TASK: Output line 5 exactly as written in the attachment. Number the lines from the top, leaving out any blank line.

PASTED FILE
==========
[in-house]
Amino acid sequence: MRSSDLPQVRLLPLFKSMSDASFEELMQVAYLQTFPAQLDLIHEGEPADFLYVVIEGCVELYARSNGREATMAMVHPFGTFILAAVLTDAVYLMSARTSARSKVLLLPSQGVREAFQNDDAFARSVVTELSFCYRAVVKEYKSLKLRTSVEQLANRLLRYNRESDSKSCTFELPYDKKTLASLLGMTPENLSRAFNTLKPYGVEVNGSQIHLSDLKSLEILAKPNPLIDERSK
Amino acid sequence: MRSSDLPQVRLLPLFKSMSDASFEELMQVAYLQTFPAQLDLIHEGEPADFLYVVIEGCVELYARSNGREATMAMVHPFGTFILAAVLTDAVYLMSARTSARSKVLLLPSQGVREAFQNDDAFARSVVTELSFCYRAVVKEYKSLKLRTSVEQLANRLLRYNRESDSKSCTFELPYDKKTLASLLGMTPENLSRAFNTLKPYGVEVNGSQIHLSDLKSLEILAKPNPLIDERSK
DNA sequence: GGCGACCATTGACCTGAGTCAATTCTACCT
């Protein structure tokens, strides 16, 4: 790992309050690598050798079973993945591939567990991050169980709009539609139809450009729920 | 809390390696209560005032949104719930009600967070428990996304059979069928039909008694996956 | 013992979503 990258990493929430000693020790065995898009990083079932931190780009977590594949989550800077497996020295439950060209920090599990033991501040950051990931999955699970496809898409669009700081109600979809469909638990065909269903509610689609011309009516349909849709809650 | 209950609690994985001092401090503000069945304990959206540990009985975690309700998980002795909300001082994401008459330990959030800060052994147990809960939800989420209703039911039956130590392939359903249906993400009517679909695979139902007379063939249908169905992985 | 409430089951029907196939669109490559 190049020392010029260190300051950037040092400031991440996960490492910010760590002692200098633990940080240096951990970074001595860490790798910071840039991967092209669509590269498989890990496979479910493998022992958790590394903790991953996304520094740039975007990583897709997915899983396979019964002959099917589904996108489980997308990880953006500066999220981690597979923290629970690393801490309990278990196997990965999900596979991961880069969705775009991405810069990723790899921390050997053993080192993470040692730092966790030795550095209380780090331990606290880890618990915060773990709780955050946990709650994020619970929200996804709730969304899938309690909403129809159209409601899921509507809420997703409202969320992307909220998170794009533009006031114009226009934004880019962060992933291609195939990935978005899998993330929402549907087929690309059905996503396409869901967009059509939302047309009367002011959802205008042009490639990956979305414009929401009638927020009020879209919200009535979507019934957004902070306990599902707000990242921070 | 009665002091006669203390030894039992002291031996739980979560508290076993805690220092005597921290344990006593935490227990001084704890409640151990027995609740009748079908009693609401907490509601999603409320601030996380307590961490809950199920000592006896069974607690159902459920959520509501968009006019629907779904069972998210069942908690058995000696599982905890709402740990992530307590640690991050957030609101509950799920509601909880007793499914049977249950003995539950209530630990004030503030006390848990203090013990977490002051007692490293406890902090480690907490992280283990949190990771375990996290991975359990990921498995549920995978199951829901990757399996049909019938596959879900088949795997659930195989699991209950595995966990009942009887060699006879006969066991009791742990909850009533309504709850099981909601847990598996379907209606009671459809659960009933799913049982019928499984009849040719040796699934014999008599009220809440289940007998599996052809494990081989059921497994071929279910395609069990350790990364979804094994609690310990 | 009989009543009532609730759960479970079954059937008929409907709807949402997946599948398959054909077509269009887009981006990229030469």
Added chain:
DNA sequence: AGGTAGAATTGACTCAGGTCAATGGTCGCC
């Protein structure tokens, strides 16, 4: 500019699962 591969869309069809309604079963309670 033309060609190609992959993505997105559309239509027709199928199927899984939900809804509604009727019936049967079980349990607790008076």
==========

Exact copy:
């Protein structure tokens, strides 16, 4: 790992309050690598050798079973993945591939567990991050169980709009539609139809450009729920 | 809390390696209560005032949104719930009600967070428990996304059979069928039909008694996956 | 013992979503 990258990493929430000693020790065995898009990083079932931190780009977590594949989550800077497996020295439950060209920090599990033991501040950051990931999955699970496809898409669009700081109600979809469909638990065909269903509610689609011309009516349909849709809650 | 209950609690994985001092401090503000069945304990959206540990009985975690309700998980002795909300001082994401008459330990959030800060052994147990809960939800989420209703039911039956130590392939359903249906993400009517679909695979139902007379063939249908169905992985 | 409430089951029907196939669109490559 190049020392010029260190300051950037040092400031991440996960490492910010760590002692200098633990940080240096951990970074001595860490790798910071840039991967092209669509590269498989890990496979479910493998022992958790590394903790991953996304520094740039975007990583897709997915899983396979019964002959099917589904996108489980997308990880953006500066999220981690597979923290629970690393801490309990278990196997990965999900596979991961880069969705775009991405810069990723790899921390050997053993080192993470040692730092966790030795550095209380780090331990606290880890618990915060773990709780955050946990709650994020619970929200996804709730969304899938309690909403129809159209409601899921509507809420997703409202969320992307909220998170794009533009006031114009226009934004880019962060992933291609195939990935978005899998993330929402549907087929690309059905996503396409869901967009059509939302047309009367002011959802205008042009490639990956979305414009929401009638927020009020879209919200009535979507019934957004902070306990599902707000990242921070 | 009665002091006669203390030894039992002291031996739980979560508290076993805690220092005597921290344990006593935490227990001084704890409640151990027995609740009748079908009693609401907490509601999603409320601030996380307590961490809950199920000592006896069974607690159902459920959520509501968009006019629907779904069972998210069942908690058995000696599982905890709402740990992530307590640690991050957030609101509950799920509601909880007793499914049977249950003995539950209530630990004030503030006390848990203090013990977490002051007692490293406890902090480690907490992280283990949190990771375990996290991975359990990921498995549920995978199951829901990757399996049909019938596959879900088949795997659930195989699991209950595995966990009942009887060699006879006969066991009791742990909850009533309504709850099981909601847990598996379907209606009671459809659960009933799913049982019928499984009849040719040796699934014999008599009220809440289940007998599996052809494990081989059921497994071929279910395609069990350790990364979804094994609690310990 | 009989009543009532609730759960479970079954059937008929409907709807949402997946599948398959054909077509269009887009981006990229030469």